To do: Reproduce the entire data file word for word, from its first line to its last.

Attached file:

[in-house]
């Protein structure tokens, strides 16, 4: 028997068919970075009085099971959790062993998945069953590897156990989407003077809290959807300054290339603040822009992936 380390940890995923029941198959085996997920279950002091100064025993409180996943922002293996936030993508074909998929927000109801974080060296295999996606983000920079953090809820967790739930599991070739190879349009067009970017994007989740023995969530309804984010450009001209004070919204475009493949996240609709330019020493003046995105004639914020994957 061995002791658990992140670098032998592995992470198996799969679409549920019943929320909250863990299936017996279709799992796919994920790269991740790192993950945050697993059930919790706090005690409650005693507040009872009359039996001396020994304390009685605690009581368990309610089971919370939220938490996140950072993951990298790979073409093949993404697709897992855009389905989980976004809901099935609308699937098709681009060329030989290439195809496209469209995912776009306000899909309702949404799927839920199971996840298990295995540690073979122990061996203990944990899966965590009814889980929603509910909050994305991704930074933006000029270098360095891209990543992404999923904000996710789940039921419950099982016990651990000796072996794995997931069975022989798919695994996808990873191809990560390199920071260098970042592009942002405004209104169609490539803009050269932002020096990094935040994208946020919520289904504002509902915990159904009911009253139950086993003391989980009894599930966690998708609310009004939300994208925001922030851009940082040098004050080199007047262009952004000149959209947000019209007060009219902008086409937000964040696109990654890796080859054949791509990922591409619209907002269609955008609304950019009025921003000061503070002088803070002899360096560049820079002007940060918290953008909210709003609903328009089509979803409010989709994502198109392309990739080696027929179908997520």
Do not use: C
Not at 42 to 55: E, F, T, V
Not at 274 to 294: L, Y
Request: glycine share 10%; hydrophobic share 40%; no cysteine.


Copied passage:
[in-house]
């Protein structure tokens, strides 16, 4: 028997068919970075009085099971959790062993998945069953590897156990989407003077809290959807300054290339603040822009992936 380390940890995923029941198959085996997920279950002091100064025993409180996943922002293996936030993508074909998929927000109801974080060296295999996606983000920079953090809820967790739930599991070739190879349009067009970017994007989740023995969530309804984010450009001209004070919204475009493949996240609709330019020493003046995105004639914020994957 061995002791658990992140670098032998592995992470198996799969679409549920019943929320909250863990299936017996279709799992796919994920790269991740790192993950945050697993059930919790706090005690409650005693507040009872009359039996001396020994304390009685605690009581368990309610089971919370939220938490996140950072993951990298790979073409093949993404697709897992855009389905989980976004809901099935609308699937098709681009060329030989290439195809496209469209995912776009306000899909309702949404799927839920199971996840298990295995540690073979122990061996203990944990899966965590009814889980929603509910909050994305991704930074933006000029270098360095891209990543992404999923904000996710789940039921419950099982016990651990000796072996794995997931069975022989798919695994996808990873191809990560390199920071260098970042592009942002405004209104169609490539803009050269932002020096990094935040994208946020919520289904504002509902915990159904009911009253139950086993003391989980009894599930966690998708609310009004939300994208925001922030851009940082040098004050080199007047262009952004000149959209947000019209007060009219902008086409937000964040696109990654890796080859054949791509990922591409619209907002269609955008609304950019009025921003000061503070002088803070002899360096560049820079002007940060918290953008909210709003609903328009089509979803409010989709994502198109392309990739080696027929179908997520």
Do not use: C
Not at 42 to 55: E, F, T, V
Not at 274 to 294: L, Y
Request: glycine share 10%; hydrophobic share 40%; no cysteine.